Uterine fibroids, also known as leiomyomas, are noncancerous tumours that can be found in the uterus and the uterus lining. Although the tumour might seem a serious threat, the fact that the fibroids are not likely to develop into any form of cancer is a relief. The smaller fibroids don’t pose any serious threat and don’t require treatment; they are often asymptomatic and will go away. Larger fibroids, however, come with a possibility of complication as they are likely to create issues in the menstrual health and complications in pregnancy in the long term.
When the fibroids seem to have outgrown the uterine capacity, they need to be treated with proper medication or surgery. Symptoms of fibroids include heavy menstrual bleeding, back pain and frequent urination.
The fibroids are diagnosed either through the routine pelvic examination or through ultrasound and other imaging tests. It is usually detected as the size of the uterus seems irregular.
TYPES OF FIBROIDS
The uterine fibroids are classified into three major types, primarily on the basis of location.
1 Submucosal: They are found in the uterine cavity. These fibroids hang in the cavity.
2 Intramural: They grow and develop in the muscles of the uterine walls. On the basis of positioning inside the uterine walls they are further classified into anterior, posterior and fundal fibroids.
3 Subserosal: They project themselves outside the uterine walls. The growth of the fibroid goes beyond the uterus.
CAUSE OF FIBROIDS
One of the major challenges in successfully preventing the growth of uterine fibroids is that the actual cause for the condition is yet to be understood in absolute possibility. But through years of diagnosis we have been able to pinpoint a few factors that increase the risk of uterine fibroids. Fibroids are diagnosed in women of reproductive age. The drastic hormonal change in the body is said to be the cause of the growth of fibroids in the uterus. They usually shrink when hormone production slows down during the menopause stage.
Fibroids can vary in size, number and location within or on your uterus, so the chances of risk caused by the fibroids will vary. Fibroids can be seen as a single nodule or as in clusters or even larger. The issues caused by fibroids will vary depending when the fibroid was formed in the uterus. The common risk factors for fibroid formation are:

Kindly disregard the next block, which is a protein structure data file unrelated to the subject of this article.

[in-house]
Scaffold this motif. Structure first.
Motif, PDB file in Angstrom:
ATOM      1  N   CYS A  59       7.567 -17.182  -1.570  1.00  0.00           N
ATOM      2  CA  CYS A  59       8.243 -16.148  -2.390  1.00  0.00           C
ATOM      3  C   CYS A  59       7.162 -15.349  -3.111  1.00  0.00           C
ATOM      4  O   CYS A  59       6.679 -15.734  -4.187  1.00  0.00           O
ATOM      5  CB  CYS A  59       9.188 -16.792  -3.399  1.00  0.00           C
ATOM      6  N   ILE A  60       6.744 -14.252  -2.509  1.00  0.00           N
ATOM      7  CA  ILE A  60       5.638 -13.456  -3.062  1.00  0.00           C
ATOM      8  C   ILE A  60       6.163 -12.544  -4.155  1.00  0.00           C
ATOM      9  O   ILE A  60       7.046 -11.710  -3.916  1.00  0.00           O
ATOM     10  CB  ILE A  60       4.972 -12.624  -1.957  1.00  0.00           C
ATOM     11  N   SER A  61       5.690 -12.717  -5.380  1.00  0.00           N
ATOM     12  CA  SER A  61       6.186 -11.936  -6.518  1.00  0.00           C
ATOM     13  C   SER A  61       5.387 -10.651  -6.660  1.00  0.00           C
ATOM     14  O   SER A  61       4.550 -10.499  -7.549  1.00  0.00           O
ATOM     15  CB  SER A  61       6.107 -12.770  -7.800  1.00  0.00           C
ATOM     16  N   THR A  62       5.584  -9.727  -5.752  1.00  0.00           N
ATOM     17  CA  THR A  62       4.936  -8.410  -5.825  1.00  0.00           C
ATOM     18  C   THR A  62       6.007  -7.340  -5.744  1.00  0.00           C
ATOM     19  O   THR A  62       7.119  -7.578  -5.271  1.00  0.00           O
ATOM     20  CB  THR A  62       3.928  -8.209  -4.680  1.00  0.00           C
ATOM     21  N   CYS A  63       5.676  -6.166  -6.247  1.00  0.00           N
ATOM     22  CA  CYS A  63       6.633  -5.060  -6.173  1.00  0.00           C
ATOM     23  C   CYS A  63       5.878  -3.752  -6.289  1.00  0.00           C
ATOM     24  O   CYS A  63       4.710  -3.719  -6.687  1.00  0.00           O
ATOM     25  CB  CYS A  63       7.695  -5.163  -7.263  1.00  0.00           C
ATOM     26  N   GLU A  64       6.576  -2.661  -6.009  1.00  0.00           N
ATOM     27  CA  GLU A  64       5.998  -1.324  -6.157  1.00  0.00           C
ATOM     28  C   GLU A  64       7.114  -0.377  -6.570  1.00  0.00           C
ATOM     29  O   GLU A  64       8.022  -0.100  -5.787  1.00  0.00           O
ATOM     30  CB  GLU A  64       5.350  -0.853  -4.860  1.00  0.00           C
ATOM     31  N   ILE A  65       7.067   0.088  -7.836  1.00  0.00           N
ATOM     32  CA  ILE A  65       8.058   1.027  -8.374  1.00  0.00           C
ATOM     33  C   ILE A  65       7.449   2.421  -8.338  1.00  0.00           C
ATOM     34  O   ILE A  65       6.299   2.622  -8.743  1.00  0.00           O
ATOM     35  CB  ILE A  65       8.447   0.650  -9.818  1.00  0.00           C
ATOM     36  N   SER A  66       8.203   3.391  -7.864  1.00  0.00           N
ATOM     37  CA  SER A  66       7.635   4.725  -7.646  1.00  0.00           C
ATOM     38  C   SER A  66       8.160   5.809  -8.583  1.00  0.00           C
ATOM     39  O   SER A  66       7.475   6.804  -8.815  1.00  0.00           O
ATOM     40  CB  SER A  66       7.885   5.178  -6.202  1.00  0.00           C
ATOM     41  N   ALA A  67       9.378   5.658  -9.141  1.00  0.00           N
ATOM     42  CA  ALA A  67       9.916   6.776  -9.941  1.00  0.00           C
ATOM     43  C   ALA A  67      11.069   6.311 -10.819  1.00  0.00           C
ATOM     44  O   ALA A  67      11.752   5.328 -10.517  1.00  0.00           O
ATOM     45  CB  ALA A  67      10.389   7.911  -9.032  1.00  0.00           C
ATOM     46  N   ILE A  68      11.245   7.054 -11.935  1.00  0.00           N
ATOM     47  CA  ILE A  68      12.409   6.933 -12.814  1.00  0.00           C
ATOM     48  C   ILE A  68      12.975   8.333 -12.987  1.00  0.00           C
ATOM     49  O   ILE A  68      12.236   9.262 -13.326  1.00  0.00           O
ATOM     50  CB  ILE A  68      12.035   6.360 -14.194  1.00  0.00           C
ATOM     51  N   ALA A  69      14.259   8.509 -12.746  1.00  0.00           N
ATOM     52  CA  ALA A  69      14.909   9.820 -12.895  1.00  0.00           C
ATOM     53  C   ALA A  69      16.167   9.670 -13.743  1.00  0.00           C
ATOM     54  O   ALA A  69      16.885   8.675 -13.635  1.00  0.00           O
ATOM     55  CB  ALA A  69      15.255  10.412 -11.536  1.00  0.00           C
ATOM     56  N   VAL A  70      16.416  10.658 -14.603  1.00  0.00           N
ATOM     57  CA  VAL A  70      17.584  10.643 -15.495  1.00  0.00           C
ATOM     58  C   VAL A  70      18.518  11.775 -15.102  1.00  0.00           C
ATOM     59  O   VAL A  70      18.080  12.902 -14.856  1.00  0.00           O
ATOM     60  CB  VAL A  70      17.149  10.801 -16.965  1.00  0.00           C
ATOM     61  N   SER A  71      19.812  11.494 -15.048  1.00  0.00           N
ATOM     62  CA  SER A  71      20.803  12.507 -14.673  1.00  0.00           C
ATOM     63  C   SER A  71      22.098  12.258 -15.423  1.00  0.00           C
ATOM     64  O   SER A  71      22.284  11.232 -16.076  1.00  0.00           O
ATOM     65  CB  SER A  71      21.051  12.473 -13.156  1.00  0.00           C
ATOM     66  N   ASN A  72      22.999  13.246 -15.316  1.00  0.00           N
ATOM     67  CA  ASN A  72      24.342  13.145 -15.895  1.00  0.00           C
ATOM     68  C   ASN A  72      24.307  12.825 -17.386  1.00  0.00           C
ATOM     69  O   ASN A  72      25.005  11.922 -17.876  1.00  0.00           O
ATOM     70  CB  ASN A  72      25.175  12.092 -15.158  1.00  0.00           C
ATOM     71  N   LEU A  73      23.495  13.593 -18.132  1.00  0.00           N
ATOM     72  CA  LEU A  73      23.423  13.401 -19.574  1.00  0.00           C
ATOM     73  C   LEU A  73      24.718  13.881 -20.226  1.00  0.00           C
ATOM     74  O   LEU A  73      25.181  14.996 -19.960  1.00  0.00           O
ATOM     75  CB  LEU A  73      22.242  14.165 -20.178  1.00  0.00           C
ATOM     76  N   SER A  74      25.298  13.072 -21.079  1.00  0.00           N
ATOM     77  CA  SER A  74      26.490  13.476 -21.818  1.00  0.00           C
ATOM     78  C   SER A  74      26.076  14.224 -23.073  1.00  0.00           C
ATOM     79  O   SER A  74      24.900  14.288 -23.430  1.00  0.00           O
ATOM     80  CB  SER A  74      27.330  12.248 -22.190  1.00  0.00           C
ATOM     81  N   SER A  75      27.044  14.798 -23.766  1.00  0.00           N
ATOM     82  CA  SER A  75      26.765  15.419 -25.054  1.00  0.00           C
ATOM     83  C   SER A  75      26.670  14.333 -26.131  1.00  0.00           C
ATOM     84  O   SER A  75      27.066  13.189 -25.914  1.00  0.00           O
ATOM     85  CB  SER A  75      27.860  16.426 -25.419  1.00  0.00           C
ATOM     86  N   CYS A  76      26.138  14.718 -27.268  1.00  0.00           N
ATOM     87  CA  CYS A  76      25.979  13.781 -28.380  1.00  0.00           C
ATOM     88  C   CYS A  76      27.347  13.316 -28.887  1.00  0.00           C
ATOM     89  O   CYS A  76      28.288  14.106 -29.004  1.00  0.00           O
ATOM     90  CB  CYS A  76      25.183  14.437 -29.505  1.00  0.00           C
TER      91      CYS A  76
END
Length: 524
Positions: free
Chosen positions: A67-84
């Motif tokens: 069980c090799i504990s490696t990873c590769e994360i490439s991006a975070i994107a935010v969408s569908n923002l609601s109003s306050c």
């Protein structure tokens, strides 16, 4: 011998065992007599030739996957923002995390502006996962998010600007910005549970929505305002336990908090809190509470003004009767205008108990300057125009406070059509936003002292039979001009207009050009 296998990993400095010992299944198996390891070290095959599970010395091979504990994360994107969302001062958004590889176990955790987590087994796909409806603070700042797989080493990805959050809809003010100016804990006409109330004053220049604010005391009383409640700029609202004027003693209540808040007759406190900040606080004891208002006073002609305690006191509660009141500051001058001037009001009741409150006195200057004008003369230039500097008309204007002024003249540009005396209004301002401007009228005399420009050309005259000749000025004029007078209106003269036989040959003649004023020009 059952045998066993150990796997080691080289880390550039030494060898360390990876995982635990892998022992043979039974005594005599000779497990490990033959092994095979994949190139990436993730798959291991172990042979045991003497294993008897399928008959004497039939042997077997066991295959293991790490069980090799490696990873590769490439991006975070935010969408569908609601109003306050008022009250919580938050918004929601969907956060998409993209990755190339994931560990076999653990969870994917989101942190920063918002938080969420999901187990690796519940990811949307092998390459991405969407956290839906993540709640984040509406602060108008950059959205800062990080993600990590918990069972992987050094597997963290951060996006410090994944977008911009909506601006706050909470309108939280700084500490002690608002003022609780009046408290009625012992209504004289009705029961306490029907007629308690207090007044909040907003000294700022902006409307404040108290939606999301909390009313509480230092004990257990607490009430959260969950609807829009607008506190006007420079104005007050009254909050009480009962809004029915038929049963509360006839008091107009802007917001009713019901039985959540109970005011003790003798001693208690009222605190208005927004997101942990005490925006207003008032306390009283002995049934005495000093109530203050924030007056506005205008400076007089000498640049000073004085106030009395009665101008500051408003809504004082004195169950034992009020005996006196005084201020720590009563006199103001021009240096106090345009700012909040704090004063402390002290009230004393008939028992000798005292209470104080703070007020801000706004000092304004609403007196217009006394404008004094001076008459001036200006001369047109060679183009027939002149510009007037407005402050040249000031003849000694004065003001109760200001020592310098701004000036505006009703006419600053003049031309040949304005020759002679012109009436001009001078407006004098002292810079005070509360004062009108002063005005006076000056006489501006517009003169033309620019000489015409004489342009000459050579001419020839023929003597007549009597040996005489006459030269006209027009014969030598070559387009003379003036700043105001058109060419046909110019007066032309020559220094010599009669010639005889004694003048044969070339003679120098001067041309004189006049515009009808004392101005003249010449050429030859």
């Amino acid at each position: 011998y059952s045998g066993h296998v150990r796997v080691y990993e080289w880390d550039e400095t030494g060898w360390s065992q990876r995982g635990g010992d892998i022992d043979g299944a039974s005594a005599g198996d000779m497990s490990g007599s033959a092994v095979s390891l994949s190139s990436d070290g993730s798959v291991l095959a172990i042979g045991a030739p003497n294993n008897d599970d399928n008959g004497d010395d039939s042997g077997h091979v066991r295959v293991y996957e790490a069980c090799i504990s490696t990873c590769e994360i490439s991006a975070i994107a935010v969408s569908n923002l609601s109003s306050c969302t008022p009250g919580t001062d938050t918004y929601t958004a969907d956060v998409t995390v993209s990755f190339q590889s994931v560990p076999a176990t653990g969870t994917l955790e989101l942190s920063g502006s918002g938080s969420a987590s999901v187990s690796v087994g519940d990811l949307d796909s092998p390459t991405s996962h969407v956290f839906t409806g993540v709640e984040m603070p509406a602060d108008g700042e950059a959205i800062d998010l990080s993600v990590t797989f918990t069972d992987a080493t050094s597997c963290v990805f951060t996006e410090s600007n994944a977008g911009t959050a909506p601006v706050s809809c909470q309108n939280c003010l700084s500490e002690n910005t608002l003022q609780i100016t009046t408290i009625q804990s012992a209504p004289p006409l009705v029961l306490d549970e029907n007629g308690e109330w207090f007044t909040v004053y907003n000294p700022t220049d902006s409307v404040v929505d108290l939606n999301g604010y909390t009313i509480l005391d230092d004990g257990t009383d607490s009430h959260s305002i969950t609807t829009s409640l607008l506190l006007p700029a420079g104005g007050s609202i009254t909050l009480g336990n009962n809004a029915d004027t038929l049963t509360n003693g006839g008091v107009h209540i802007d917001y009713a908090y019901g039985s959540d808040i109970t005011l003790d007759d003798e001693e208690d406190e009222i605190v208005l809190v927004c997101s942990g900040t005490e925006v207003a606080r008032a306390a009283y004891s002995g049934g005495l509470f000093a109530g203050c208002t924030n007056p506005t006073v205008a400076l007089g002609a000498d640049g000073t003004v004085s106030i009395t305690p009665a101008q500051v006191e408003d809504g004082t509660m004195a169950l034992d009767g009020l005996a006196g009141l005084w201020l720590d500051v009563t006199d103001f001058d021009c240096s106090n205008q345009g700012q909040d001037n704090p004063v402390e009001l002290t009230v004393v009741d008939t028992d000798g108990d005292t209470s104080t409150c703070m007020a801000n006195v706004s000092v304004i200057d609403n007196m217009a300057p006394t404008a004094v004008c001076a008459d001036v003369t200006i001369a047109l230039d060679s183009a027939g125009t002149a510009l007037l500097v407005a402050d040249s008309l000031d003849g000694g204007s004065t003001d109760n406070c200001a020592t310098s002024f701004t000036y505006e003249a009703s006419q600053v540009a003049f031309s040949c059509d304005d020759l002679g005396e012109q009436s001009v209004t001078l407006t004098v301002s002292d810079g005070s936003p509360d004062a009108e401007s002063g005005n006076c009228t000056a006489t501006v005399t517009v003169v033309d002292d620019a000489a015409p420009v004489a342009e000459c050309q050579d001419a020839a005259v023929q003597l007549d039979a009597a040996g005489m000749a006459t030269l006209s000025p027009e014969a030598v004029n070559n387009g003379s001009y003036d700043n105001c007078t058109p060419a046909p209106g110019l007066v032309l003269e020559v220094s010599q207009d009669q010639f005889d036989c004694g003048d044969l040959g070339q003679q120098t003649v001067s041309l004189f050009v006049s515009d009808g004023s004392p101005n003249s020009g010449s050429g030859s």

History of fibroids: A family history of fibroids increases the risk by three times. The growth of fibroids is seen in older women as they have a higher risk than younger women.
Obesity: Obesity is another risk factor for fibroids in menstruating women. If the woman is considered obese it will result in the growth of fibroids.
Lifestyle: Eating red meat increases the risk of developing fibroids, which can be only reduced by eating plenty of green vegetables. Having a proper diet plan with plenty of fibre-rich food and liquids helps in the reduction of fibroid growth in the uterus.
Over-the-counter pain medications: These medications are given only to manage the discomfort and the pain caused by the fibroids, as these medications include acetaminophen, which is used to relieve the pain and reduce the fever. Also, ibuprofen is given to relieve inflammation, swelling and pain.
Gonadotropin-releasing hormone (GnRH) agonists: These medications are taken via nasal spray or injection that help in shrinking the fibroids. These medications are also used before the surgery to remove the fibroids.
Oral therapies: Elagolix is a new oral therapy indicated for uterine bleeding in people who haven’t experienced menopause with symptomatic uterine fibroids. Advice from a medical professional is required as these medications are to be used for up to 24 months. Iron supplements will be given if there is heavy bleeding, which makes them anaemic.
Surgery: The sustenance of the fibroids for a long period of time can cause complications for women during pregnancy and also while conceiving. If the size of the fibroids present in the woman’s uterus is large, doctors will suggest surgical removal of the uterus through laparoscopic myomectomy. This is suggested in specific cases only and is performed by a team of experts in laparoscopic surgery.
Uterine fibroids are treated with both medication and surgery. The doctor will suggest surgery as the final resolve to treat fibroids that outgrow the size of the uterus as they can cause severe complications than smaller fibroids. The surgical method also varies based on the size and location of the fibroids. Medication is advised when early detection of small fibroids is found in the uterus.
The writer is senior consultant obstetrician and gynaecologist, Apollo Cradle & Children’s Hospital, Jayanagar, Bengaluru.